Another one of those frustrating days today – as I feature yet another book that I would have really loved to read. Lonely Hearts by Gwyn GB was published by Chalky Dog Publishing on 15th July, and I do hope I’ll be able to catch up with DI Claire Falle later in the series. This really looks rather good…
Brings a whole new meaning to killing with kindness.
Meet Rachel. She loves animals and works at a dating agency bringing lonely people together – only somebody is watching her every move and she’s scared…
Neil didn’t see who killed him – but his murder brings DI Claire Falle on the case. What she uncovers leads her to discover that a serial killer is preying on the clients of the dating agency where Rachel works.
Can Claire work out the connection between all the deaths before Rachel becomes the next victim? And what is it in Rachel’s past that haunts her?
As DI Claire Falle investigates the lives of the dating agency staff and clients, she is pulled into a tangled web of loneliness and deceit which will have devastating consequences for someone.
I’m delighted to welcome author Gwyn GB to Being Anne, with an excellent guest post on her top five research books for crime writers.
Unless you’ve been a serving police officer or are very good friends with one, writing crime stories does require a lot of research. This might include going out with your friendly local force for some real-life hands on experience, but it will definitely also require reading.
What you read will depend on where you’ve set your novel, what time/age it’s set in and what kind of crime it is. My book is set in modern times so the following resources are aimed at current policing:
1/ Without a doubt one of the most useful books for me when I wrote Lonely Hearts, isn’t actually a book, but an online manual, the Murder Investigation Manual 2006. It is produced by the Association of Chief Police Officers, was very useful for getting the procedures right. It also helps with the language you use and the right way to deal with a murder scene and then the investigation. It even contains information about coroners’ requests and inter-jurisdictional homicide investigations. You can’t get much better than a manual which is for serving officers. A google search will find this for you – for free.
2/ Another online book which is similar to the Murder manual, is Guidance on Major Incident Room Standardised Administrative Procedures (MIRSAP) 2005, again produced on behalf of the Association of Chief Police Officers. I found this very useful for getting a full understanding on who should be in my investigation team, their skills and responsibilities. This manual will also tell you how property and evidence should be handled and logged. Knowing details like these will give you a wealth of plotlines to use in your stories.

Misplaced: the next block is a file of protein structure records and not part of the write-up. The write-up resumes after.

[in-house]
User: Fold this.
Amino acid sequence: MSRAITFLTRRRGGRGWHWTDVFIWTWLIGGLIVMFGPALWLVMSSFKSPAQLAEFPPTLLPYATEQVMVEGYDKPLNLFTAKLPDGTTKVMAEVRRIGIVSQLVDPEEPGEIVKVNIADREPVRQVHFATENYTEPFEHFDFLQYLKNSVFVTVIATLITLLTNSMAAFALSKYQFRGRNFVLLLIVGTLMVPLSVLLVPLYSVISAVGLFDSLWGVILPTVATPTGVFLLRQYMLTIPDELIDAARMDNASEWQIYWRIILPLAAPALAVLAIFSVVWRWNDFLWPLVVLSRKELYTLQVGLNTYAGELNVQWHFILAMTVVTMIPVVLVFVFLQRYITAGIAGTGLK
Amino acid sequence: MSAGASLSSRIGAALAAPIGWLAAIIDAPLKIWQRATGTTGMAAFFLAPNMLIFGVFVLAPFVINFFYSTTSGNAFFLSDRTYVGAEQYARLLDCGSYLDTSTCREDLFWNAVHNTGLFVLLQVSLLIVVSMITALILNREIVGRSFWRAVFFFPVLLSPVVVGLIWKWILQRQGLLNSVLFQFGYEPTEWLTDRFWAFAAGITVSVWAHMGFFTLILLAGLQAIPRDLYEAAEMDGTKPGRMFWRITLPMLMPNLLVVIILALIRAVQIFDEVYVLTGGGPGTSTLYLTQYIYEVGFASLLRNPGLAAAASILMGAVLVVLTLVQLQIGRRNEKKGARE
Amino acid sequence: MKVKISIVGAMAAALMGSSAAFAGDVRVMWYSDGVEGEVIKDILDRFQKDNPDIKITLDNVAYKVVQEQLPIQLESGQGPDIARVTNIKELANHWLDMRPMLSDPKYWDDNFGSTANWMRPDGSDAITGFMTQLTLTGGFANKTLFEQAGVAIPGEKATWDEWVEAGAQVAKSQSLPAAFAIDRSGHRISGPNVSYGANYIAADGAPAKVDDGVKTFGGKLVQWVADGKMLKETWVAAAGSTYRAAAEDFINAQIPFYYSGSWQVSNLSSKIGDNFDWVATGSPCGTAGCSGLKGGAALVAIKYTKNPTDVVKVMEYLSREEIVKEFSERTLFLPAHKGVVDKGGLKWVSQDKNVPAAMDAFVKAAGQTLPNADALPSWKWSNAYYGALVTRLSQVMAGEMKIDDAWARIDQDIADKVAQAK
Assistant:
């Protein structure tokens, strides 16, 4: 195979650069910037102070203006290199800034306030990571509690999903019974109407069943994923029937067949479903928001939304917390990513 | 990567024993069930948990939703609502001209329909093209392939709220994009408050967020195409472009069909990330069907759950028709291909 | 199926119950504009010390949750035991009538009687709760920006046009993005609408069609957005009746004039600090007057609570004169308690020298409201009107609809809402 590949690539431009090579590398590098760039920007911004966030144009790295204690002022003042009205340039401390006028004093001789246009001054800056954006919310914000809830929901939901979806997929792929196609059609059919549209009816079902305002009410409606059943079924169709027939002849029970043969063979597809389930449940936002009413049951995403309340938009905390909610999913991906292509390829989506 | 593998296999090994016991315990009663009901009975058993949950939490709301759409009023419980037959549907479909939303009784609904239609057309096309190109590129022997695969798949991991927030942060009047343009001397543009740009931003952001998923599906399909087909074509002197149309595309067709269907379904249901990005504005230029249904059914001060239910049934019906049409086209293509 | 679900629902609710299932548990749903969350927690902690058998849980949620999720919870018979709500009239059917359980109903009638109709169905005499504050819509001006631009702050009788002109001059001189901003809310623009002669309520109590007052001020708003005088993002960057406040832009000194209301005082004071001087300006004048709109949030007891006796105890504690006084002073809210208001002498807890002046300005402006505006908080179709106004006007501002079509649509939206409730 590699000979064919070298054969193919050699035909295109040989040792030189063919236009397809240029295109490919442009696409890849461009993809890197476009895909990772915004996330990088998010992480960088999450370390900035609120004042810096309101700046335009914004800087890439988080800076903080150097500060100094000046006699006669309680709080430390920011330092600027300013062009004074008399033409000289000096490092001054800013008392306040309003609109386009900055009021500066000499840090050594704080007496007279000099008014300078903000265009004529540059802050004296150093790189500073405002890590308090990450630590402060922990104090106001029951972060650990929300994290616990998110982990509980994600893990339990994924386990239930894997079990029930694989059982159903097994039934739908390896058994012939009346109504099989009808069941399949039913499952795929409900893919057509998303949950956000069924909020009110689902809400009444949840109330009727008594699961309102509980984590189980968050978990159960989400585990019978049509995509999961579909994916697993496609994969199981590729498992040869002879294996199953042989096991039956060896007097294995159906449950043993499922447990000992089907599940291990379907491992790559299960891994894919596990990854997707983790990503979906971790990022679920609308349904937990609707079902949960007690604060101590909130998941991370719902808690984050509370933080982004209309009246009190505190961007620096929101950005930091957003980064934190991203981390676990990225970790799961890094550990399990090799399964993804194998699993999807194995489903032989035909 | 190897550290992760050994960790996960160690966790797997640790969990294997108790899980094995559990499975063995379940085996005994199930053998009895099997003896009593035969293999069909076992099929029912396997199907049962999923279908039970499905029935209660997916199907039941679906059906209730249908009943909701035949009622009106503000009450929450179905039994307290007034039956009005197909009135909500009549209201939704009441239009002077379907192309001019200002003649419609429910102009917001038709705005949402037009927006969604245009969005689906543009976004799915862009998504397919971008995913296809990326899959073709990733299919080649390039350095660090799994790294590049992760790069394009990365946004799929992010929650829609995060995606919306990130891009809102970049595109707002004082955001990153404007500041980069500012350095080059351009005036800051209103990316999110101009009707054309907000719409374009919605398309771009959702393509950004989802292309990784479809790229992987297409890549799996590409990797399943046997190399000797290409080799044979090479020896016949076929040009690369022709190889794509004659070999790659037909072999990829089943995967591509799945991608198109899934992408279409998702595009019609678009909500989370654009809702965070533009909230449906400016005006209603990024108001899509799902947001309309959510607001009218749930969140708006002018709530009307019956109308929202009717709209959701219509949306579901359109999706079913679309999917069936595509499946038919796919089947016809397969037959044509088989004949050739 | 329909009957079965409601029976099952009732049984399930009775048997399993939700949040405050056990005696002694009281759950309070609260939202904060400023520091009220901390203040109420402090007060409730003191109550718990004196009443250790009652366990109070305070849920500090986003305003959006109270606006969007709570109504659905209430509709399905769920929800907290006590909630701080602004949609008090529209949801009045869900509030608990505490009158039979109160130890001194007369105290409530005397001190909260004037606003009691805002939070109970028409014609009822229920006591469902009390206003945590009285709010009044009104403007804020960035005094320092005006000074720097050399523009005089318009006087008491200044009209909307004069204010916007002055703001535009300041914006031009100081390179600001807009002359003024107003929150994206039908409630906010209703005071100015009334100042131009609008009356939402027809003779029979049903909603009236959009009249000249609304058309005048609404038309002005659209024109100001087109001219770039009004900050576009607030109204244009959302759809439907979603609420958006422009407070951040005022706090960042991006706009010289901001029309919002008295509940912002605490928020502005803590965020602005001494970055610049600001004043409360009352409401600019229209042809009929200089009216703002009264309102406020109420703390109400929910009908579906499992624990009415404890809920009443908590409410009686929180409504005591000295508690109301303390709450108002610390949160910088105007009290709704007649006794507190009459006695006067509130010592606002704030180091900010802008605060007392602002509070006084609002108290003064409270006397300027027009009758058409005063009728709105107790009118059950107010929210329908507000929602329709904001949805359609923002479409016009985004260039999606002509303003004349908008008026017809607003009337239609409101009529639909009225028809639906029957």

3/ Forensics is critically important in any criminal investigation. One book I’ve used is a Howdunit, Forensics A guide for writers by D.P. Lyle, M.D. This is an American book and so some elements and terminologies will be different to the UK, but it’s also very useful in explaining the various procedures of investigating forensically from fingerprints to autopsies. Do be careful though as technology means there are advancements all the time in this area, so make sure you’re up to date.
4/ Another useful area to consider is not just the physical investigation, but the psychological element. One book I’ve got is Investigative Psychology, Offender Profiling and the Analysis of Criminal Action by David Canter and Donna Youngs. Adding this kind of element to a novel gives it another dimension and it’s interesting to see how offenders tick.
5/ One of our most successful crime writers at the moment is Val McDermid. She has not only written countless crime novels, but she’s also produced a book, Forensics, The Anatomy of Crime. It’s a fascinating history of forensics told through real-life crime stories and provides a wealth of inspiration for any would-be crime novelist.
Finally, one of the best ways to really get under the skin of those who investigate crime and their victims, is to read the many witness accounts and blogs by people who have experienced it. You will find plenty of these online. Good old Google will provide you with countless other resources, just be sure to check they are in date and from reputable sources.
Thank you Gwyn – that’s a summary I’m sure many aspiring crime writers who read my blog will find really useful.
With thanks to Gwyn and tour organiser Brook Cottage Books, I’m delighted to be able to offer the chance to win a signed paperback copy of Lonely Hearts (open internationally). Here’s the rafflecopter for entry:
About Gwyn GB
Gwyn GB is a writer living in Jersey, Channel Islands. A native of the UK she moved to the island with her Jersey-born husband, geriatric dog, two boys and goldfish. Gwyn is a former national and international newsreader for BBC TV and ITN in London and Jersey. She’s also freelanced for national newspapers and magazines in the UK, once had her own magazine publishing business and has a PR diploma. She is currently working in the digital industry while writing in her spare time. Gwyn is also the author of Islands.